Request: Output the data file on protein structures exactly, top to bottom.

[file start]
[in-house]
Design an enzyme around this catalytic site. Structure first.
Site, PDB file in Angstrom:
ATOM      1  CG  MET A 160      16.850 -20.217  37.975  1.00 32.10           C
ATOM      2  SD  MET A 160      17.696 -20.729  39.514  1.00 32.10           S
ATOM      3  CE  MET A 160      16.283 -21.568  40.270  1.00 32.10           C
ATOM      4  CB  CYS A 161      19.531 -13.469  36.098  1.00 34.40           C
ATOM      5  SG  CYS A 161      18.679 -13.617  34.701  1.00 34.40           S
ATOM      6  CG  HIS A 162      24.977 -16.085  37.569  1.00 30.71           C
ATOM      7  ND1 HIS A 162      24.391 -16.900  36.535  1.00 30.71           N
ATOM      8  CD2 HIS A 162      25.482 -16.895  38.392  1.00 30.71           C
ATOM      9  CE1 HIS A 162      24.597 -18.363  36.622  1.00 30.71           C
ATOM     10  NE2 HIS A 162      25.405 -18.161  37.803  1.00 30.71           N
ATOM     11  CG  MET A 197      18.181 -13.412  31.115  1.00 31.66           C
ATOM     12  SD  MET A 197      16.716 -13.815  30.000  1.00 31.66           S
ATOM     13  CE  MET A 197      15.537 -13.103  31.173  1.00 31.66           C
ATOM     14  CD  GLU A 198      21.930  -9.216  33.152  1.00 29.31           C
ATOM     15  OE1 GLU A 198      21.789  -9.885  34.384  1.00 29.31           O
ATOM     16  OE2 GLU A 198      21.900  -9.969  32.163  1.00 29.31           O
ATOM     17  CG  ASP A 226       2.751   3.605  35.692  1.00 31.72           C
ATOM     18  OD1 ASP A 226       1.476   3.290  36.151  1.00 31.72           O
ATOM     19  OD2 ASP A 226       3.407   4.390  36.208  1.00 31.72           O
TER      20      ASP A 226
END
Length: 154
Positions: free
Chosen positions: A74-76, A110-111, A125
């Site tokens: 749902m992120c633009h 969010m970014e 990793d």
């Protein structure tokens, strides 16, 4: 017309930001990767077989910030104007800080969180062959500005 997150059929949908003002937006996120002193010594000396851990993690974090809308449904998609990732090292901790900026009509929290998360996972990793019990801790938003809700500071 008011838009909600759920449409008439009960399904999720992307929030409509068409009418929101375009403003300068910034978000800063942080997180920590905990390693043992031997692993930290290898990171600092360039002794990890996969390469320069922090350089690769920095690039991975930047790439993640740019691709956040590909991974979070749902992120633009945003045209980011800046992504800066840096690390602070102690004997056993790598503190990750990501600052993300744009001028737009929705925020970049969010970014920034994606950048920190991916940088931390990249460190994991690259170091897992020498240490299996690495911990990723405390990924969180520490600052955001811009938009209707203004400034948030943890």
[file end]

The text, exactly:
[in-house]
Design an enzyme around this catalytic site. Structure first.
Site, PDB file in Angstrom:
ATOM      1  CG  MET A 160      16.850 -20.217  37.975  1.00 32.10           C
ATOM      2  SD  MET A 160      17.696 -20.729  39.514  1.00 32.10           S
ATOM      3  CE  MET A 160      16.283 -21.568  40.270  1.00 32.10           C
ATOM      4  CB  CYS A 161      19.531 -13.469  36.098  1.00 34.40           C
ATOM      5  SG  CYS A 161      18.679 -13.617  34.701  1.00 34.40           S
ATOM      6  CG  HIS A 162      24.977 -16.085  37.569  1.00 30.71           C
ATOM      7  ND1 HIS A 162      24.391 -16.900  36.535  1.00 30.71           N
ATOM      8  CD2 HIS A 162      25.482 -16.895  38.392  1.00 30.71           C
ATOM      9  CE1 HIS A 162      24.597 -18.363  36.622  1.00 30.71           C
ATOM     10  NE2 HIS A 162      25.405 -18.161  37.803  1.00 30.71           N
ATOM     11  CG  MET A 197      18.181 -13.412  31.115  1.00 31.66           C
ATOM     12  SD  MET A 197      16.716 -13.815  30.000  1.00 31.66           S
ATOM     13  CE  MET A 197      15.537 -13.103  31.173  1.00 31.66           C
ATOM     14  CD  GLU A 198      21.930  -9.216  33.152  1.00 29.31           C
ATOM     15  OE1 GLU A 198      21.789  -9.885  34.384  1.00 29.31           O
ATOM     16  OE2 GLU A 198      21.900  -9.969  32.163  1.00 29.31           O
ATOM     17  CG  ASP A 226       2.751   3.605  35.692  1.00 31.72           C
ATOM     18  OD1 ASP A 226       1.476   3.290  36.151  1.00 31.72           O
ATOM     19  OD2 ASP A 226       3.407   4.390  36.208  1.00 31.72           O
TER      20      ASP A 226
END
Length: 154
Positions: free
Chosen positions: A74-76, A110-111, A125
């Site tokens: 749902m992120c633009h 969010m970014e 990793d």
């Protein structure tokens, strides 16, 4: 017309930001990767077989910030104007800080969180062959500005 997150059929949908003002937006996120002193010594000396851990993690974090809308449904998609990732090292901790900026009509929290998360996972990793019990801790938003809700500071 008011838009909600759920449409008439009960399904999720992307929030409509068409009418929101375009403003300068910034978000800063942080997180920590905990390693043992031997692993930290290898990171600092360039002794990890996969390469320069922090350089690769920095690039991975930047790439993640740019691709956040590909991974979070749902992120633009945003045209980011800046992504800066840096690390602070102690004997056993790598503190990750990501600052993300744009001028737009929705925020970049969010970014920034994606950048920190991916940088931390990249460190994991690259170091897992020498240490299996690495911990990723405390990924969180520490600052955001811009938009209707203004400034948030943890």